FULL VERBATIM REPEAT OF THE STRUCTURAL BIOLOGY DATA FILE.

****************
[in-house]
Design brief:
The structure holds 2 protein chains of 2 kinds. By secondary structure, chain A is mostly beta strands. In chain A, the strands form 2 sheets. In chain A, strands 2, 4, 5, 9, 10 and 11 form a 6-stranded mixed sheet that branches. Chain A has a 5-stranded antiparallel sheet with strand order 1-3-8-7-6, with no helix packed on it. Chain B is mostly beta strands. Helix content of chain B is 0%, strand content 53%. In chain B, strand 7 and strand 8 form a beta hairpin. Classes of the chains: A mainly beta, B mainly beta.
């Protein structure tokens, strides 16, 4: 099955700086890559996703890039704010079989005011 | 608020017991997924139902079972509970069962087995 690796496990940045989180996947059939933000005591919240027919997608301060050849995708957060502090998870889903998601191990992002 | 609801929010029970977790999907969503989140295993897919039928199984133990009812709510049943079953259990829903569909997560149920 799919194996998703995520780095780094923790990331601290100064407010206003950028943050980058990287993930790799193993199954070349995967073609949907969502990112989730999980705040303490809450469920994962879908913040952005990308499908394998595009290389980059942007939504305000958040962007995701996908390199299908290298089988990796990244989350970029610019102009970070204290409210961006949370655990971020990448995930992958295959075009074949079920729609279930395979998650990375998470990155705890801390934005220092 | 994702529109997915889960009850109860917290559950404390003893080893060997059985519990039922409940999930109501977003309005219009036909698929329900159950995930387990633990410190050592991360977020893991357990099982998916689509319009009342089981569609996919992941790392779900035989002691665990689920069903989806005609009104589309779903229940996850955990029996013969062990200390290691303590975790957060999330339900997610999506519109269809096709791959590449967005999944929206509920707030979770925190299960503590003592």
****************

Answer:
[in-house]
Design brief:
The structure holds 2 protein chains of 2 kinds. By secondary structure, chain A is mostly beta strands. In chain A, the strands form 2 sheets. In chain A, strands 2, 4, 5, 9, 10 and 11 form a 6-stranded mixed sheet that branches. Chain A has a 5-stranded antiparallel sheet with strand order 1-3-8-7-6, with no helix packed on it. Chain B is mostly beta strands. Helix content of chain B is 0%, strand content 53%. In chain B, strand 7 and strand 8 form a beta hairpin. Classes of the chains: A mainly beta, B mainly beta.
């Protein structure tokens, strides 16, 4: 099955700086890559996703890039704010079989005011 | 608020017991997924139902079972509970069962087995 690796496990940045989180996947059939933000005591919240027919997608301060050849995708957060502090998870889903998601191990992002 | 609801929010029970977790999907969503989140295993897919039928199984133990009812709510049943079953259990829903569909997560149920 799919194996998703995520780095780094923790990331601290100064407010206003950028943050980058990287993930790799193993199954070349995967073609949907969502990112989730999980705040303490809450469920994962879908913040952005990308499908394998595009290389980059942007939504305000958040962007995701996908390199299908290298089988990796990244989350970029610019102009970070204290409210961006949370655990971020990448995930992958295959075009074949079920729609279930395979998650990375998470990155705890801390934005220092 | 994702529109997915889960009850109860917290559950404390003893080893060997059985519990039922409940999930109501977003309005219009036909698929329900159950995930387990633990410190050592991360977020893991357990099982998916689509319009009342089981569609996919992941790392779900035989002691665990689920069903989806005609009104589309779903229940996850955990029996013969062990200390290691303590975790957060999330339900997610999506519109269809096709791959590449967005999944929206509920707030979770925190299960503590003592």